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The Federal Reserve Cannot Fight Inflation Alone

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Desmond Lachman

If the Fed does not raise interest rates aggressively, it risks both allowing inflation to become entrenched and adding further froth to already bubbly asset price markets.

Yesterday, in reviewing his administration’s economic challenges, President Joe Biden did Americans a great service by finally recognizing that the United States has a price inflation problem. However, he equally did Americans a disservice by intimating that the critical job of ensuring that elevated prices do not become entrenched rests solely on the Federal Reserve. By so doing, he seemed to relieve his administration’s budget policy from any responsibility for having contributed to the United States’ inflation problem. Worse yet, he seemed to rule out using budget policy to help the Fed attain its inflation objective.

The truth of the matter is that the country has not one but two inflation problems.

It has a price inflation problem that is underlined by consumer price inflationnow running at 7 percent, or at its fastest pace since 1982. That problem was created in large measure by the excess demand that resulted from the powerful combination of the largest peacetime budget stimulus on record and the easiest of monetary policies, including interest rates that were allowed to become negative after adjusting for inflation.

At the same time, the country has an asset price inflation problem as underlined by the fact that equity price valuations are now at nosebleed levels experienced only once before in the past 100 years and that housing prices, even after adjusting for inflation, are now higher than they were at the peak of the 2006 U.S. housing market bubble. This problem of asset price bubbles was caused by the Fed responding to the pandemic-induced recession by buying a staggering $5 trillion in U.S. Treasury bonds and mortgage-backed securities in order to keep interest rates very low.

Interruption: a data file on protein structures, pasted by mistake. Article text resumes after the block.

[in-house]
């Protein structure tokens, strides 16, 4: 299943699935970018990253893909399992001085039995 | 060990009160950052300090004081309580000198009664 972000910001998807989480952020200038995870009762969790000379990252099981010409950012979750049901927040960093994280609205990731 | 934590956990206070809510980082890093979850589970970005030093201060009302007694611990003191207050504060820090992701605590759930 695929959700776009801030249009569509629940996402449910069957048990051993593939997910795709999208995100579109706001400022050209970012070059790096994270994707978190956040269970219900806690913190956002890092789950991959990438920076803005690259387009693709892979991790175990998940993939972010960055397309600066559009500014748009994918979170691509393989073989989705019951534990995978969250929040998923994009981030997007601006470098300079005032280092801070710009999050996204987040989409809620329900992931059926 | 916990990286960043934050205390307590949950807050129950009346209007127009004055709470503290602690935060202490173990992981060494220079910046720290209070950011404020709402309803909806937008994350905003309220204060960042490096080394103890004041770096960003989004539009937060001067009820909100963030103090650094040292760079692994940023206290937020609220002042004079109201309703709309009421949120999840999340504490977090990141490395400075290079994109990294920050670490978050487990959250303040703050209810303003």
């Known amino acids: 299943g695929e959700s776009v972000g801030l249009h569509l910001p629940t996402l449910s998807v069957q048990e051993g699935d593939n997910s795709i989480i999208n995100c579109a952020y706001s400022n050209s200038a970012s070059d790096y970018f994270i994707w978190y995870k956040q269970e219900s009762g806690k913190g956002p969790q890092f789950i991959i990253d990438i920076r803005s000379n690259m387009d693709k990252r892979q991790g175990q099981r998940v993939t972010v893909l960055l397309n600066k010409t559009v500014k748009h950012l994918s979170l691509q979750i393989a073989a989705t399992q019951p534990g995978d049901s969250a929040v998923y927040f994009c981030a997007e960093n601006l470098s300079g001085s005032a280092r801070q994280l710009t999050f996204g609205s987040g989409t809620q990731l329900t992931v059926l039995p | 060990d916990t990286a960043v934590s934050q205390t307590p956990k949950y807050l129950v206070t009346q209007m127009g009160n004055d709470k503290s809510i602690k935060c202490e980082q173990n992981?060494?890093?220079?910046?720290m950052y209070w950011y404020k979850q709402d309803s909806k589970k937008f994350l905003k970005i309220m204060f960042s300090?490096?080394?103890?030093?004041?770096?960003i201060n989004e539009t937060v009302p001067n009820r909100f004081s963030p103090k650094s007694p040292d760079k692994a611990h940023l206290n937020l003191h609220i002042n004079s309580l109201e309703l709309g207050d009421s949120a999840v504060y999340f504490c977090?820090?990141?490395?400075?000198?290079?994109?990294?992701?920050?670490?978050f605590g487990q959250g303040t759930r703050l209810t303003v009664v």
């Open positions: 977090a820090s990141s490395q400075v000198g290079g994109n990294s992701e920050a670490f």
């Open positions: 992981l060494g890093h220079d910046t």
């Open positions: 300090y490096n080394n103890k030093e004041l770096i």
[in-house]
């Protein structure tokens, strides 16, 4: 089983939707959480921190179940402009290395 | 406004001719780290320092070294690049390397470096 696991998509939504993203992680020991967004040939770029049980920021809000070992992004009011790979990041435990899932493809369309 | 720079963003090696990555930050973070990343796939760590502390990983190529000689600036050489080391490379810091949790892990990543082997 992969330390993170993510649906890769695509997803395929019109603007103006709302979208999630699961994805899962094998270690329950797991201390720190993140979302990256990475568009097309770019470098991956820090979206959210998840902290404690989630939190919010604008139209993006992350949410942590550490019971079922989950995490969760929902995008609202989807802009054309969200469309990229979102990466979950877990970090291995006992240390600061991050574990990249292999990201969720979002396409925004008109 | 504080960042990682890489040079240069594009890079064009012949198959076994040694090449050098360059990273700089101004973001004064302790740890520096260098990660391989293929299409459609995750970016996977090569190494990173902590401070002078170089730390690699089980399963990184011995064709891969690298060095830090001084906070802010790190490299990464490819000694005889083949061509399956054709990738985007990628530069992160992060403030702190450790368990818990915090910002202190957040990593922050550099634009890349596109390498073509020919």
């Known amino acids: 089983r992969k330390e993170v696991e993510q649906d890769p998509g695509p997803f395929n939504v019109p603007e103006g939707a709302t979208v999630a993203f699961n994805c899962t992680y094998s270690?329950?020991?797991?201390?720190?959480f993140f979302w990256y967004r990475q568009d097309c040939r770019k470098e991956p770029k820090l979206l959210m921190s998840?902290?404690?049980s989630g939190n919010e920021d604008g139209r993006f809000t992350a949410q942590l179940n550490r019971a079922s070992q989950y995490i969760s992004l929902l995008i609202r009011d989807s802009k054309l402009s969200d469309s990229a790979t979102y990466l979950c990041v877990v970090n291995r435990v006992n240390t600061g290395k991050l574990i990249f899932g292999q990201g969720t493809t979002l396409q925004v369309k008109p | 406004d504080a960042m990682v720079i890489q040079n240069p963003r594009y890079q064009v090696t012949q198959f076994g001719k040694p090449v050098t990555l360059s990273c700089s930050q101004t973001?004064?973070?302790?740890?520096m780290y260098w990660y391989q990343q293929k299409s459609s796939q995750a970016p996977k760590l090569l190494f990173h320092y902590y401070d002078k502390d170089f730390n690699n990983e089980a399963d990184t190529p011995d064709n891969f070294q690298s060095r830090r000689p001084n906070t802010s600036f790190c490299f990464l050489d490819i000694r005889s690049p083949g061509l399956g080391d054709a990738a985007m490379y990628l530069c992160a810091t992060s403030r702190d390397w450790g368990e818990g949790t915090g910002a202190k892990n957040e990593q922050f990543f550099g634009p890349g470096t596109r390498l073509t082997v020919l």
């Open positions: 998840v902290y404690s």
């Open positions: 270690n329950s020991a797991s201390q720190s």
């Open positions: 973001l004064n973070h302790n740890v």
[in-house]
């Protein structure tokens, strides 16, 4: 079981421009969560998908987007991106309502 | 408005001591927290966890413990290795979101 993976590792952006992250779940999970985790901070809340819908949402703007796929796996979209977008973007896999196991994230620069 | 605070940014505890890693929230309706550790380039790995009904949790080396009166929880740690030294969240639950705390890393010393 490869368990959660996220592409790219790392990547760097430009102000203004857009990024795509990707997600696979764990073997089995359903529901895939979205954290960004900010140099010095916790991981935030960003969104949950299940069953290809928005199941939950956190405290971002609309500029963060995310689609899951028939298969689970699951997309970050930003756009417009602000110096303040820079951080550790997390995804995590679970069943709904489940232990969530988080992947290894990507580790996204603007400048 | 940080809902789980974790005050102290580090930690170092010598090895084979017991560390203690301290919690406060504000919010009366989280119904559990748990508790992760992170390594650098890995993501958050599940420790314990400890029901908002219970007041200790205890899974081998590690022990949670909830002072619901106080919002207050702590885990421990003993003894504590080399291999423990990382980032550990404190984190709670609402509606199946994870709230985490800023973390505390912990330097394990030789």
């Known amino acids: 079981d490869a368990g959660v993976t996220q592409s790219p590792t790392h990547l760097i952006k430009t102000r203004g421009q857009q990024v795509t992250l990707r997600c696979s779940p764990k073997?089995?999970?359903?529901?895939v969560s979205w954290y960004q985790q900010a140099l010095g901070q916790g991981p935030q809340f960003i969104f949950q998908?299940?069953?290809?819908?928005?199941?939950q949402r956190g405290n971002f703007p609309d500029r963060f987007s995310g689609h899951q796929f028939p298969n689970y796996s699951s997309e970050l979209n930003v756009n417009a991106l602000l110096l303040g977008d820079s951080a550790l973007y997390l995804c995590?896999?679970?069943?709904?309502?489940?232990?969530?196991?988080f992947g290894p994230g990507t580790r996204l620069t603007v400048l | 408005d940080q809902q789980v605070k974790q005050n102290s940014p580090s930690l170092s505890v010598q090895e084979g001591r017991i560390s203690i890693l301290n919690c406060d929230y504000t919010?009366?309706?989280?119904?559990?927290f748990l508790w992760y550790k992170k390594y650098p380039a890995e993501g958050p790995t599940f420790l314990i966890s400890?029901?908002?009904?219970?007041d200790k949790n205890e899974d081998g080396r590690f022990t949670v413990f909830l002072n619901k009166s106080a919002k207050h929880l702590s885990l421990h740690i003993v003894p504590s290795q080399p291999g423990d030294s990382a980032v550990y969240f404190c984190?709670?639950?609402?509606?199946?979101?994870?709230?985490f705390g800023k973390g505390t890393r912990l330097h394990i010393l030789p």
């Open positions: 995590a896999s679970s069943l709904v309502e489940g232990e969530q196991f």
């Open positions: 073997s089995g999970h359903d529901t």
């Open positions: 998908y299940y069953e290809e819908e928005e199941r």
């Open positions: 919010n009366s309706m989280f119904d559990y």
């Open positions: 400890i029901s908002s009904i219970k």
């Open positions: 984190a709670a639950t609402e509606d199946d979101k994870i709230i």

This unhealthy combination of a consumer price inflation problem and asset price bubbles now puts the Fed in the most difficult of policy predicaments.

If the Fed does not raise interest rates aggressively, it risks both allowing inflation to become entrenched and adding further froth to already bubbly asset price markets. That, in turn, would set the United States up for an even harder economic landing down the road when the Fed is finally forced to slam on the monetary policy brakes than would have occurred had the Fed tightened policy in a timely manner.

However, if the Fed were now to act aggressively by raising interest rates in order to get the inflation genie back into the bottle, it would risk bursting the asset price bubbles, which have been premised on the assumption that today’s ultra-low interest rates would last forever. That, in turn, could create real financial market stress and precipitate a deep economic recession as occurred in the wake of the 2008 Lehman bankruptcy.

This is where the Biden administration could usefully come in. It could play the most constructive of roles by using budget policy to help the Fed successfully navigate its policy predicament. It could do so by moving away from a Build Back Better spending initiative that would add to aggregate demand pressure to a more restrictive budget policy of public spending cuts and tax increases that would create less aggregate demand pressure. By so doing, it would relieve the Fed from having to do all the heavy lifting in fighting inflation with interest rate hikes. That, in turn, would heighten the chances that the Fed could attain its inflation objective without causing an economically damaging bursting of today’s equity and housing market bubbles.

While in principle there is a combined fiscal and monetary policy way out of our dual inflation and asset price inflation problem, I would not suggest holding one’s breath for that to happen. With Biden yet to accept that his excessive $1.9 trillion budget stimulus initiative in March 2021 had any role in inflation surging to a four-decade high, the likelihood of his shifting budgetary policy course now would seem to be as great as that of a camel passing through the eye of a needle.

Desmond Lachman is a senior fellow at the American Enterprise Institute. He was formerly a deputy director in the International Monetary Fund’s Policy Development and Review Department and the chief emerging market economic strategist at Salomon Smith Barney.